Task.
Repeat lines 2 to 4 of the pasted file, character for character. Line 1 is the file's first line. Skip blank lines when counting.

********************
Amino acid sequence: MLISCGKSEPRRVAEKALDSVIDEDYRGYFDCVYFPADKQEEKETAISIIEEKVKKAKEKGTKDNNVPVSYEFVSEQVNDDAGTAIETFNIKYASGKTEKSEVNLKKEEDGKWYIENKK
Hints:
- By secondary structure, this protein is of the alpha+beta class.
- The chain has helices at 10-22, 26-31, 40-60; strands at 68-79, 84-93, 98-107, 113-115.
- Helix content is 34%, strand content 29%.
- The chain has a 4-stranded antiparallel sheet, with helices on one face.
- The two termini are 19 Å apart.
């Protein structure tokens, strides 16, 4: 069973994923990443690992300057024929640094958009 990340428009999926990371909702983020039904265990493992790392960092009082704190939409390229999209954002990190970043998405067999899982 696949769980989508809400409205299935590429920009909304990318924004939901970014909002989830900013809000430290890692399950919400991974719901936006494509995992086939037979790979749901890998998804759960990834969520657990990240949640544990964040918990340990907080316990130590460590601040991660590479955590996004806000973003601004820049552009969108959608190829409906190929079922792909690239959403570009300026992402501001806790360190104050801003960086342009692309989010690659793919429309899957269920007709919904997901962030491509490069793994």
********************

Hints:
- By secondary structure, this protein is of the alpha+beta class.
- The chain has helices at 10-22, 26-31, 40-60; strands at 68-79, 84-93, 98-107, 113-115.